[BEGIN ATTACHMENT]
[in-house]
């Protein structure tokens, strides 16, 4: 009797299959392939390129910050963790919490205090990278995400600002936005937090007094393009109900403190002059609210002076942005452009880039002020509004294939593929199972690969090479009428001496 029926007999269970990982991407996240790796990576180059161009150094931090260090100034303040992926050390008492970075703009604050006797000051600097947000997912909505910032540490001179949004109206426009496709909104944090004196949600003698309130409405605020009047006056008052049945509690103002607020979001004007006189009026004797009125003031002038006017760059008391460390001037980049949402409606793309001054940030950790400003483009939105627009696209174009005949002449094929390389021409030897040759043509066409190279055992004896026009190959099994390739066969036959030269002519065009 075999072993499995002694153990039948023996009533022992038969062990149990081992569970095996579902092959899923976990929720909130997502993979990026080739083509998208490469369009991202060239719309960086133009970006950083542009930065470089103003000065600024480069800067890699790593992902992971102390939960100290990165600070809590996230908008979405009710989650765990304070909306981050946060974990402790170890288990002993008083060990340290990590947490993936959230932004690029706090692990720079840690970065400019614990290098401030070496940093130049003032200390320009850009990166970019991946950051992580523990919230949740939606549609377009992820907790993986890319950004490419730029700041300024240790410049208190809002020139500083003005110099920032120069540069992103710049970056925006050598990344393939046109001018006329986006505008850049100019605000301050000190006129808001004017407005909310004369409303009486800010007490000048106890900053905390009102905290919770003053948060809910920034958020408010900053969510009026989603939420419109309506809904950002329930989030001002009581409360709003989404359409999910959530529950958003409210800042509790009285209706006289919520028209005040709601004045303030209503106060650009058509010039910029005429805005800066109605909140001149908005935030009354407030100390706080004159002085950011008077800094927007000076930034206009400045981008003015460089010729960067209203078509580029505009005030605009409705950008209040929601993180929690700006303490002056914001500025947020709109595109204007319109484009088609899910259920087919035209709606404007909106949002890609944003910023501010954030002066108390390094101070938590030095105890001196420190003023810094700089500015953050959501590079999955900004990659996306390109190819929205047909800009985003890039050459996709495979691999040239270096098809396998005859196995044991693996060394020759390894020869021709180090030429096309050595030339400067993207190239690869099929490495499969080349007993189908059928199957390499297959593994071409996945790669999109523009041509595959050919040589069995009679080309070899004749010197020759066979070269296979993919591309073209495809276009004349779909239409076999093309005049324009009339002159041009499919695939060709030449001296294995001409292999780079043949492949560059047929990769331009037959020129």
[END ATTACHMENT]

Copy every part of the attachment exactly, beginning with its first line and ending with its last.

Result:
[in-house]
């Protein structure tokens, strides 16, 4: 009797299959392939390129910050963790919490205090990278995400600002936005937090007094393009109900403190002059609210002076942005452009880039002020509004294939593929199972690969090479009428001496 029926007999269970990982991407996240790796990576180059161009150094931090260090100034303040992926050390008492970075703009604050006797000051600097947000997912909505910032540490001179949004109206426009496709909104944090004196949600003698309130409405605020009047006056008052049945509690103002607020979001004007006189009026004797009125003031002038006017760059008391460390001037980049949402409606793309001054940030950790400003483009939105627009696209174009005949002449094929390389021409030897040759043509066409190279055992004896026009190959099994390739066969036959030269002519065009 075999072993499995002694153990039948023996009533022992038969062990149990081992569970095996579902092959899923976990929720909130997502993979990026080739083509998208490469369009991202060239719309960086133009970006950083542009930065470089103003000065600024480069800067890699790593992902992971102390939960100290990165600070809590996230908008979405009710989650765990304070909306981050946060974990402790170890288990002993008083060990340290990590947490993936959230932004690029706090692990720079840690970065400019614990290098401030070496940093130049003032200390320009850009990166970019991946950051992580523990919230949740939606549609377009992820907790993986890319950004490419730029700041300024240790410049208190809002020139500083003005110099920032120069540069992103710049970056925006050598990344393939046109001018006329986006505008850049100019605000301050000190006129808001004017407005909310004369409303009486800010007490000048106890900053905390009102905290919770003053948060809910920034958020408010900053969510009026989603939420419109309506809904950002329930989030001002009581409360709003989404359409999910959530529950958003409210800042509790009285209706006289919520028209005040709601004045303030209503106060650009058509010039910029005429805005800066109605909140001149908005935030009354407030100390706080004159002085950011008077800094927007000076930034206009400045981008003015460089010729960067209203078509580029505009005030605009409705950008209040929601993180929690700006303490002056914001500025947020709109595109204007319109484009088609899910259920087919035209709606404007909106949002890609944003910023501010954030002066108390390094101070938590030095105890001196420190003023810094700089500015953050959501590079999955900004990659996306390109190819929205047909800009985003890039050459996709495979691999040239270096098809396998005859196995044991693996060394020759390894020869021709180090030429096309050595030339400067993207190239690869099929490495499969080349007993189908059928199957390499297959593994071409996945790669999109523009041509595959050919040589069995009679080309070899004749010197020759066979070269296979993919591309073209495809276009004349779909239409076999093309005049324009009339002159041009499919695939060709030449001296294995001409292999780079043949492949560059047929990769331009037959020129």